Here’s an interesting article in Nature about the use of AI in evaluating embryos with AI — another use of computer vision in the medical field. Could this bring down healthcare costs? What if the algorithm mislabels an embryo? Are there ethical implications?

Deep learning algorithms, in particular convolutional neural networks (CNNs), have recently been used to address a number of medical-imaging problems, such as detection of diabetic retinopathy,18 skin lesions,19 and diagnosing disease.20 They have become the technique of choice in computer vision and they are the most successful type of models for image analysis. Unlike regular neural networks, CNNs contain neurons arranged in three dimensions (i.e., width, height, depth). Recently, deep architectures of CNNs such as Inception21 and ResNet22 have dramatically increased the progress rate of deep learning methods in image classification.23 In this paper, we sought to use deep learning to accurately predict the quality of human blastocysts and help select the best single embryo for transfer (Fig. 1).

Here’s an interesting piece in Forbes on how AI will transform the way we conduct and audit business.

“One of the best-use cases for AI is to look at information and to identify patterns that stand out,” he says, adding that this applies just as readily to looking for unethical behavior as it does to recognizing cat pictures. “As long as there’s data related to it and you can analyze it at scale, AI can detect anomalies that humans simply can’t.”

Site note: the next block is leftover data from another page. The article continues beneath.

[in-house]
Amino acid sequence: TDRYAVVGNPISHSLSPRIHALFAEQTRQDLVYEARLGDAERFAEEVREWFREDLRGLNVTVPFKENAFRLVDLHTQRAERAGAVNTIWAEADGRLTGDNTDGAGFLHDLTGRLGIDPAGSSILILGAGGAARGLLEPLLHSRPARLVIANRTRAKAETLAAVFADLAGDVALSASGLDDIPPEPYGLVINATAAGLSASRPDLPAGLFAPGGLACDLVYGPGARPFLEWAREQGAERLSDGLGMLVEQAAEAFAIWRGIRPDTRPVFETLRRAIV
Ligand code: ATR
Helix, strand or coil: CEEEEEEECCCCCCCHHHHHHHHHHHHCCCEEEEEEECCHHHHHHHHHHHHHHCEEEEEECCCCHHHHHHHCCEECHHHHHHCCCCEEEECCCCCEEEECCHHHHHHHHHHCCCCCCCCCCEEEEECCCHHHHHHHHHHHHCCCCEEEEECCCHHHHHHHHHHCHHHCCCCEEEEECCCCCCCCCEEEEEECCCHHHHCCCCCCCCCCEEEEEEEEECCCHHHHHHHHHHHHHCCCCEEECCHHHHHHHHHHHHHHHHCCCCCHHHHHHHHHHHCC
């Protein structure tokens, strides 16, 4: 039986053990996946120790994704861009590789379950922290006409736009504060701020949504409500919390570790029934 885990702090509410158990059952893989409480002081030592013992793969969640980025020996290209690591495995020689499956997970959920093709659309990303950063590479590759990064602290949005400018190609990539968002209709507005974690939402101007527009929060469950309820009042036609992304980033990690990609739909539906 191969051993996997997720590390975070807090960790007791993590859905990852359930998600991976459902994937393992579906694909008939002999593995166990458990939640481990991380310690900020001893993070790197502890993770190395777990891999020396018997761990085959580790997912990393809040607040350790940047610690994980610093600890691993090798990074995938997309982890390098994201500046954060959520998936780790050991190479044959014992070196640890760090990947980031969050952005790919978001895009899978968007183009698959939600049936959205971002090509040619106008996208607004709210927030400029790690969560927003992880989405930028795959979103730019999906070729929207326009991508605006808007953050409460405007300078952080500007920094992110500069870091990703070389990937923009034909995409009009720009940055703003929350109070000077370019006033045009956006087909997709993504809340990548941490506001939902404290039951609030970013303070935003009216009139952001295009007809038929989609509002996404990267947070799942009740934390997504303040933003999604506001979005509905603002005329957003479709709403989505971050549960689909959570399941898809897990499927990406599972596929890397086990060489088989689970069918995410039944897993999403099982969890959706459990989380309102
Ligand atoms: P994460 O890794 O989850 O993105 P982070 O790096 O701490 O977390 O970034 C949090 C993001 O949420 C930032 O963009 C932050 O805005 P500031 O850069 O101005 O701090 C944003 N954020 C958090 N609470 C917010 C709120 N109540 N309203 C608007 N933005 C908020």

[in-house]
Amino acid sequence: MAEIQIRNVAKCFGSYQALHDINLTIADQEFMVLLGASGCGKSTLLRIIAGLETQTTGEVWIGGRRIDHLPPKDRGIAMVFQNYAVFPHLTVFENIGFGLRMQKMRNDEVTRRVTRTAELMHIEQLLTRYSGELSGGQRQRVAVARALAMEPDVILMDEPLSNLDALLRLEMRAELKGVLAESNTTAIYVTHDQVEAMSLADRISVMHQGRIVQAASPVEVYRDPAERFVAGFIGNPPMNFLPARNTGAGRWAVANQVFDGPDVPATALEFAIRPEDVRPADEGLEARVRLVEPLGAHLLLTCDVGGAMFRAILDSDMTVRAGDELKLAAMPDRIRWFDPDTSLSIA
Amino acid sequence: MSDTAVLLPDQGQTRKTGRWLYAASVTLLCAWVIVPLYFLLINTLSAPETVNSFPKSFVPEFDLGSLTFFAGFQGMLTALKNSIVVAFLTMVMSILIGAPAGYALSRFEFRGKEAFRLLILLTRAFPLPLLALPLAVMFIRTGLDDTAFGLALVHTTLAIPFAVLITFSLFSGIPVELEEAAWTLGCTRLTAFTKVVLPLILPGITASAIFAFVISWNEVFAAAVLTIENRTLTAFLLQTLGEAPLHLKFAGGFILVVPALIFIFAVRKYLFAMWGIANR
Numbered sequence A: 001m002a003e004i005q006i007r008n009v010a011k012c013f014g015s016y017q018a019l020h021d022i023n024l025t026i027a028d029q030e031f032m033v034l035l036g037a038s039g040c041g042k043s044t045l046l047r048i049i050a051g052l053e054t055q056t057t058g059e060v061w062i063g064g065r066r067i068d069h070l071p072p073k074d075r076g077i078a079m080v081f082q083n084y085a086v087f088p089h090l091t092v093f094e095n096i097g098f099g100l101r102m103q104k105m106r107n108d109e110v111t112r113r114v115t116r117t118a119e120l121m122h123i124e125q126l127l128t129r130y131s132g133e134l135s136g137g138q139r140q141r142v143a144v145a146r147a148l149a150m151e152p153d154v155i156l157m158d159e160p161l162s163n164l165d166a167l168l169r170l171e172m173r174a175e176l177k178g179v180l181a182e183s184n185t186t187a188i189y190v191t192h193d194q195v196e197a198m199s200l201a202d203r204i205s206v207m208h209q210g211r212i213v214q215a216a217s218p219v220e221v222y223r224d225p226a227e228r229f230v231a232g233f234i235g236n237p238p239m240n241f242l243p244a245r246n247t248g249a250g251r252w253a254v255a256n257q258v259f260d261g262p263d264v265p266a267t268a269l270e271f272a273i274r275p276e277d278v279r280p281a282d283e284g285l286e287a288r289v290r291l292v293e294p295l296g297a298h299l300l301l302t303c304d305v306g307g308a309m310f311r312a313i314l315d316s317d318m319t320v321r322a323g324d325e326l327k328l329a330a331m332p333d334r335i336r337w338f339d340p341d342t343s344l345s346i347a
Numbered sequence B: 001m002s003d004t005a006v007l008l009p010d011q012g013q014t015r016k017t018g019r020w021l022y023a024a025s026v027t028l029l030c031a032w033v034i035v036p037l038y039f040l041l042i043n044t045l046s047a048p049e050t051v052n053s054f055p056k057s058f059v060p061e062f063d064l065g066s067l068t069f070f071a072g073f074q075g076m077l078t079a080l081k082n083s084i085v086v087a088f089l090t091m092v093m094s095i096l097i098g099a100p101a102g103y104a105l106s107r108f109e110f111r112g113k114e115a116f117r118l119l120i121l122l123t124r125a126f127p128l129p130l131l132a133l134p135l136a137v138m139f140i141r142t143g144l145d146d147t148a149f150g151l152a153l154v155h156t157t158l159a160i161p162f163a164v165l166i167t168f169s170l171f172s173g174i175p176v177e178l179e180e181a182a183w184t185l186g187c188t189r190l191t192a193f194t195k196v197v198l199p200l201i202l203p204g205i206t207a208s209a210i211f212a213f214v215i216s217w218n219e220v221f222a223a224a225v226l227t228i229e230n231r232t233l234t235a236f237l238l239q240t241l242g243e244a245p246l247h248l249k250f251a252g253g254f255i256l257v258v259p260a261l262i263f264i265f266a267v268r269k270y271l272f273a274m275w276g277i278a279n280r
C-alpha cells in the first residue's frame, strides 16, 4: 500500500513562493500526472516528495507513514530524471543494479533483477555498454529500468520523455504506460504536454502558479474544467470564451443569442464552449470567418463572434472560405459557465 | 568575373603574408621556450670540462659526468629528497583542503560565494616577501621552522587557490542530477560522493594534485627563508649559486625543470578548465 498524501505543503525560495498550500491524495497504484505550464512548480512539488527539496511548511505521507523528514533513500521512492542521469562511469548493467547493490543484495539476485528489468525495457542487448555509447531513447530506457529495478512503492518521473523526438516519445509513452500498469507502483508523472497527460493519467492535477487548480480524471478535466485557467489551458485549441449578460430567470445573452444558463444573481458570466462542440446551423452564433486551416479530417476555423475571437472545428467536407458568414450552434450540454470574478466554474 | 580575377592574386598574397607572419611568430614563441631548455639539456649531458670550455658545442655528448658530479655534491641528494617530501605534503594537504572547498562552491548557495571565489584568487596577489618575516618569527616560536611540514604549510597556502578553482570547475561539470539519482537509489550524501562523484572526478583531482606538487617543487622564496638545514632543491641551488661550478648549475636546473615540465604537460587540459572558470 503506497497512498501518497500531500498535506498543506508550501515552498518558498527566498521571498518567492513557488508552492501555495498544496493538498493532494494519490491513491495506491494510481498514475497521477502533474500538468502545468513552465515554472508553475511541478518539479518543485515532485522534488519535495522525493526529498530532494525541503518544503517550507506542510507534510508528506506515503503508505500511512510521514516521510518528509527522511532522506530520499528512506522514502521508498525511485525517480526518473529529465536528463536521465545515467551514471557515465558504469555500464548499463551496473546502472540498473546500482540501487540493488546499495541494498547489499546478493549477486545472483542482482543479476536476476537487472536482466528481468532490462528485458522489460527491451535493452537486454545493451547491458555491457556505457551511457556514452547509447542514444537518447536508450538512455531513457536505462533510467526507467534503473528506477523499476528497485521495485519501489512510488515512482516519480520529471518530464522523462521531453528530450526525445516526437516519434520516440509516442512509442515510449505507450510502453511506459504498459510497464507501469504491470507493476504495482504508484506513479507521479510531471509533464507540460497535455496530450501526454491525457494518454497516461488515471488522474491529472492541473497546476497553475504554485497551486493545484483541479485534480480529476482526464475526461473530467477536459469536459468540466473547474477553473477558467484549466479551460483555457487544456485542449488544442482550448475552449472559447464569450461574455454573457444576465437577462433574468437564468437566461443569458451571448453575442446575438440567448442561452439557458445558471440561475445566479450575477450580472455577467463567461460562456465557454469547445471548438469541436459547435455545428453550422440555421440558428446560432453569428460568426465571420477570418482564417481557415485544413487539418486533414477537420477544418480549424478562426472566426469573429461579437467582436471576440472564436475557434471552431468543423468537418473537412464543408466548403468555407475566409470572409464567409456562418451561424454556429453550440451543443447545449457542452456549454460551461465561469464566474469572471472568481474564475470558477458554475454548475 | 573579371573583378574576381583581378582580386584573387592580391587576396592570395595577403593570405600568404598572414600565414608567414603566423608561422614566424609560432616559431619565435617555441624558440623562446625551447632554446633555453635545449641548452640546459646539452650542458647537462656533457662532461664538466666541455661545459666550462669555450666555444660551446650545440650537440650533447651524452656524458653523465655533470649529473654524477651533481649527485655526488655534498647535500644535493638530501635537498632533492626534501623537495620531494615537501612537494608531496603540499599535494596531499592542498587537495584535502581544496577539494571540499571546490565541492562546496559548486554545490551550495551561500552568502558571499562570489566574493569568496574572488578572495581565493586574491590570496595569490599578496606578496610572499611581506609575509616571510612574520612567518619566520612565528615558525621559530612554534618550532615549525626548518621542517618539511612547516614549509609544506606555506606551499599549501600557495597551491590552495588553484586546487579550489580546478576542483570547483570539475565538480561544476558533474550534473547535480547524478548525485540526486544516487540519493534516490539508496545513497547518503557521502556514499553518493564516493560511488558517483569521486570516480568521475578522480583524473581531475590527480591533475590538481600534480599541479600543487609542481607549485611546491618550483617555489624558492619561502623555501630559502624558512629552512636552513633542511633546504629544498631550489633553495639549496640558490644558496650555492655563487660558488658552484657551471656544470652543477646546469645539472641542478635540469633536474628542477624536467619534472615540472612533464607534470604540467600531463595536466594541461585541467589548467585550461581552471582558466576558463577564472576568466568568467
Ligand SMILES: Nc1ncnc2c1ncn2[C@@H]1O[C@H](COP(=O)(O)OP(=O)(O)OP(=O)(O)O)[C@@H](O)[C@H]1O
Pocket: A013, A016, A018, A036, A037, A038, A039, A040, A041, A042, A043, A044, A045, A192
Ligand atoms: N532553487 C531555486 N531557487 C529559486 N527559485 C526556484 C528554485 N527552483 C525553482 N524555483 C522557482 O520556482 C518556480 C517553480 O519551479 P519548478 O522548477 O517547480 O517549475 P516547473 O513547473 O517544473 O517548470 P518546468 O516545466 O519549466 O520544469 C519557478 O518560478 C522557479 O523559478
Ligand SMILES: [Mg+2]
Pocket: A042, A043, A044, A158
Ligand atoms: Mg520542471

OpenAI raised some eyebrows last month when it announced it had figured out a way to get an AI to write more naturally. They, however, decided not to release their entire research for fear that it could cause havoc.

From an article in The Register.

Last month, researchers at OpenAI revealed they had built software that could perform a range of natural language tasks, from machine translation to text generation. Some of the technical details were published in a paper, though the majority of materials was withheld for fear that it could be used maliciously to create spam-spewing bots or churn out tons of fake news. Instead, OpenAI released a smaller and less effective version nicknamed GPT-2-117M.

As a machine learning project grows, so should its infrastructure. In this talk, Alejandro Saucedo covers some of the key trends in machine learning operations, as well as libraries to watch in 2019.

The talk is based on the “Awesome Machine Learning Operations” list maintained by The Institute for Ethical AI & Machine Learning, and focuses on the topics of reproducibility, orchestration and explainability.